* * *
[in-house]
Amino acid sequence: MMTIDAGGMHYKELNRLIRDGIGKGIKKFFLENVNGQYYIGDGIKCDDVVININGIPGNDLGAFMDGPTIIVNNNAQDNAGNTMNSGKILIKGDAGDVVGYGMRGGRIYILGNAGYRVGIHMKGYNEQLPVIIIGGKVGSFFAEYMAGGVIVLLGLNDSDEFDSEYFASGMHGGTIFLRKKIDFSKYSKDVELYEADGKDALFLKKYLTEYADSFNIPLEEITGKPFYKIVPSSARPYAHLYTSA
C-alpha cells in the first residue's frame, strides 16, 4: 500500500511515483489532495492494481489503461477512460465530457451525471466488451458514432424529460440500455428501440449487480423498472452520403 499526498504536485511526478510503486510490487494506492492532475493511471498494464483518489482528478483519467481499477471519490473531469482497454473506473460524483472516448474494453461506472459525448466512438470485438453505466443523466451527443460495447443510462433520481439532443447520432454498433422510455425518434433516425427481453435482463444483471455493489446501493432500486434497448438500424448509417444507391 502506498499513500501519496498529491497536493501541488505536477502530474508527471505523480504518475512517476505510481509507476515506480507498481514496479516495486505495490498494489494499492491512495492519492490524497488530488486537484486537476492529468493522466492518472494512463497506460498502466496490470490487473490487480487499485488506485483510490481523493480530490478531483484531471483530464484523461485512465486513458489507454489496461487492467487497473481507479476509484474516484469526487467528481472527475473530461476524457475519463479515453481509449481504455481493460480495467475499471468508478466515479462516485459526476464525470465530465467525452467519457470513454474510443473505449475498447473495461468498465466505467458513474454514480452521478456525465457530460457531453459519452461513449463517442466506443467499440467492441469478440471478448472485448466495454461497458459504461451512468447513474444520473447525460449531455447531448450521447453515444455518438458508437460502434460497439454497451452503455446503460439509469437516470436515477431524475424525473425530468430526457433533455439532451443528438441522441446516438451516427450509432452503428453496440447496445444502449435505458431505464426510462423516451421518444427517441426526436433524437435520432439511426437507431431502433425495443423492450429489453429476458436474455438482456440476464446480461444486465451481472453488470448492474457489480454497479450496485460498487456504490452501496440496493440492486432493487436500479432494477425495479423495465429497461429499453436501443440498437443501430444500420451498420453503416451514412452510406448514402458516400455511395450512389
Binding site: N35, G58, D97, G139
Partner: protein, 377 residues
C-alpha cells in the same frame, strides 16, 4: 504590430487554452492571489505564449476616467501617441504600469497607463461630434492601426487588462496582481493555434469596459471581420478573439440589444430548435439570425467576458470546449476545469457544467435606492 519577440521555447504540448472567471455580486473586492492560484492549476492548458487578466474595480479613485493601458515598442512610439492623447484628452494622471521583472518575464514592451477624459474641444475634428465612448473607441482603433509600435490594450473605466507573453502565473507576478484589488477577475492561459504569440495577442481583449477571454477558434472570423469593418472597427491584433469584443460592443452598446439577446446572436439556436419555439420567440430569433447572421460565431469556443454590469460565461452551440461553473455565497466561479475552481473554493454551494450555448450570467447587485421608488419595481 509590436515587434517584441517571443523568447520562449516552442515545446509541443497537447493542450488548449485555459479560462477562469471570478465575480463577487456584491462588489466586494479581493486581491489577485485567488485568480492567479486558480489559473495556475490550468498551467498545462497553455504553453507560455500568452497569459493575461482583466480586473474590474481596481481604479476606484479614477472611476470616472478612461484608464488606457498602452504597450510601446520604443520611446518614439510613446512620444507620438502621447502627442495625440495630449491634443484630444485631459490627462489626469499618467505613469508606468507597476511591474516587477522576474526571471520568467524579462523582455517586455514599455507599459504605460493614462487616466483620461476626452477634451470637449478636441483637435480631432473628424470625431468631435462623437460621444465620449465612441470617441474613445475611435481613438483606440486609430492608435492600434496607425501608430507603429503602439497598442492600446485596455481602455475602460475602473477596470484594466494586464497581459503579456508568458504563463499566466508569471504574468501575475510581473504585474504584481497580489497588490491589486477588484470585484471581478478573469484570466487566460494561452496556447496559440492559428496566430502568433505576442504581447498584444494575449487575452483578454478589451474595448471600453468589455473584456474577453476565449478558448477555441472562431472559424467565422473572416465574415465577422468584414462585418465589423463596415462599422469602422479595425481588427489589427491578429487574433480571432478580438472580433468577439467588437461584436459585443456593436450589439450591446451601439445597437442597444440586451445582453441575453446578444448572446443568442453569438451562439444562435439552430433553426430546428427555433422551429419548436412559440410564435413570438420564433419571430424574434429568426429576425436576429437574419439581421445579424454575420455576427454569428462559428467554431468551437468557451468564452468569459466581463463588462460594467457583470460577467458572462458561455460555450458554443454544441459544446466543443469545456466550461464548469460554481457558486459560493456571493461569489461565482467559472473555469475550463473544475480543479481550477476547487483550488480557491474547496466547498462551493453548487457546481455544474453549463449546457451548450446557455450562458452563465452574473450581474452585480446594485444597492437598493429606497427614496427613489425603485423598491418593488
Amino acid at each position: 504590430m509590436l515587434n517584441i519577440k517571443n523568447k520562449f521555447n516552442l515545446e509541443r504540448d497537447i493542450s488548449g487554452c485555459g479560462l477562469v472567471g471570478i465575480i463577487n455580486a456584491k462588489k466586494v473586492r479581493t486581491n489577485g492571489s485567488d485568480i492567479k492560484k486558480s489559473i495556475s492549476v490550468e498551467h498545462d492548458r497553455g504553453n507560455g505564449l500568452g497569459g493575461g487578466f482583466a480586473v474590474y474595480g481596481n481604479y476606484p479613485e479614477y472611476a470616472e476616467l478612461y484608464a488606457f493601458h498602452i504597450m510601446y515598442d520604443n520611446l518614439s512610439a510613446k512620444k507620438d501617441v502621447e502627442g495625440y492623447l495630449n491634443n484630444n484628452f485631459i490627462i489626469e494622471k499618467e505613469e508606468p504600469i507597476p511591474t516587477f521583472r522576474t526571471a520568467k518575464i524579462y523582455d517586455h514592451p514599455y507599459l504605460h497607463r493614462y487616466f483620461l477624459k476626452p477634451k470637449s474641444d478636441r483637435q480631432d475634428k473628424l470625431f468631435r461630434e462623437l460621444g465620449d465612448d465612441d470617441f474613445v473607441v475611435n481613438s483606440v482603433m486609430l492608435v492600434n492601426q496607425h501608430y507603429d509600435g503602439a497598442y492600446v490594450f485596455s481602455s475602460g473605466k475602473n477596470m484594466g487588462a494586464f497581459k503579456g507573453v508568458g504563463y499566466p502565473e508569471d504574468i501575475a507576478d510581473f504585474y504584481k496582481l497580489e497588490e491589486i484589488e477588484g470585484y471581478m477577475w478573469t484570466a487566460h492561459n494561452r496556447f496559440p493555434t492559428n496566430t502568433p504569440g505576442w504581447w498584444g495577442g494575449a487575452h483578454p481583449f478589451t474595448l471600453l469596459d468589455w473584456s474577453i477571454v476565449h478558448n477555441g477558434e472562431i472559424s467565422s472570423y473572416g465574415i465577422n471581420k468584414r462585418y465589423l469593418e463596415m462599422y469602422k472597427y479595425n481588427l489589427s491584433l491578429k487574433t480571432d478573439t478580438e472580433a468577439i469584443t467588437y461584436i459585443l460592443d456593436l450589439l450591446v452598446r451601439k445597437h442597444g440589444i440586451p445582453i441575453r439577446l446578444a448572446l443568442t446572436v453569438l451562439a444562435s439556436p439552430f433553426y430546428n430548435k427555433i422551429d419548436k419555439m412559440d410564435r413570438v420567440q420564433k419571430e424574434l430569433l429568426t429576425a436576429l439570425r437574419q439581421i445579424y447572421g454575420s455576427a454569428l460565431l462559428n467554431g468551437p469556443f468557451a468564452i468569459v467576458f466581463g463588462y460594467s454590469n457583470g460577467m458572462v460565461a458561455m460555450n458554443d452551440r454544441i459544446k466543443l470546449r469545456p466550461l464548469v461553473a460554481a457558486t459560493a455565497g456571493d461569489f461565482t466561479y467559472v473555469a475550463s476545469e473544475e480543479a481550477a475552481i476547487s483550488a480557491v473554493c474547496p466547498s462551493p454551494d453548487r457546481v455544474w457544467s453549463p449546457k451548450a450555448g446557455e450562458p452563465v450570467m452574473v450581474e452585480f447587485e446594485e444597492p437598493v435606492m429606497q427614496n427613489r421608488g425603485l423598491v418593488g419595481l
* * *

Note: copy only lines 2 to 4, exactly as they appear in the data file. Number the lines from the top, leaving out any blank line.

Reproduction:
Amino acid sequence: MMTIDAGGMHYKELNRLIRDGIGKGIKKFFLENVNGQYYIGDGIKCDDVVININGIPGNDLGAFMDGPTIIVNNNAQDNAGNTMNSGKILIKGDAGDVVGYGMRGGRIYILGNAGYRVGIHMKGYNEQLPVIIIGGKVGSFFAEYMAGGVIVLLGLNDSDEFDSEYFASGMHGGTIFLRKKIDFSKYSKDVELYEADGKDALFLKKYLTEYADSFNIPLEEITGKPFYKIVPSSARPYAHLYTSA
C-alpha cells in the first residue's frame, strides 16, 4: 500500500511515483489532495492494481489503461477512460465530457451525471466488451458514432424529460440500455428501440449487480423498472452520403 499526498504536485511526478510503486510490487494506492492532475493511471498494464483518489482528478483519467481499477471519490473531469482497454473506473460524483472516448474494453461506472459525448466512438470485438453505466443523466451527443460495447443510462433520481439532443447520432454498433422510455425518434433516425427481453435482463444483471455493489446501493432500486434497448438500424448509417444507391 502506498499513500501519496498529491497536493501541488505536477502530474508527471505523480504518475512517476505510481509507476515506480507498481514496479516495486505495490498494489494499492491512495492519492490524497488530488486537484486537476492529468493522466492518472494512463497506460498502466496490470490487473490487480487499485488506485483510490481523493480530490478531483484531471483530464484523461485512465486513458489507454489496461487492467487497473481507479476509484474516484469526487467528481472527475473530461476524457475519463479515453481509449481504455481493460480495467475499471468508478466515479462516485459526476464525470465530465467525452467519457470513454474510443473505449475498447473495461468498465466505467458513474454514480452521478456525465457530460457531453459519452461513449463517442466506443467499440467492441469478440471478448472485448466495454461497458459504461451512468447513474444520473447525460449531455447531448450521447453515444455518438458508437460502434460497439454497451452503455446503460439509469437516470436515477431524475424525473425530468430526457433533455439532451443528438441522441446516438451516427450509432452503428453496440447496445444502449435505458431505464426510462423516451421518444427517441426526436433524437435520432439511426437507431431502433425495443423492450429489453429476458436474455438482456440476464446480461444486465451481472453488470448492474457489480454497479450496485460498487456504490452501496440496493440492486432493487436500479432494477425495479423495465429497461429499453436501443440498437443501430444500420451498420453503416451514412452510406448514402458516400455511395450512389
Binding site: N35, G58, D97, G139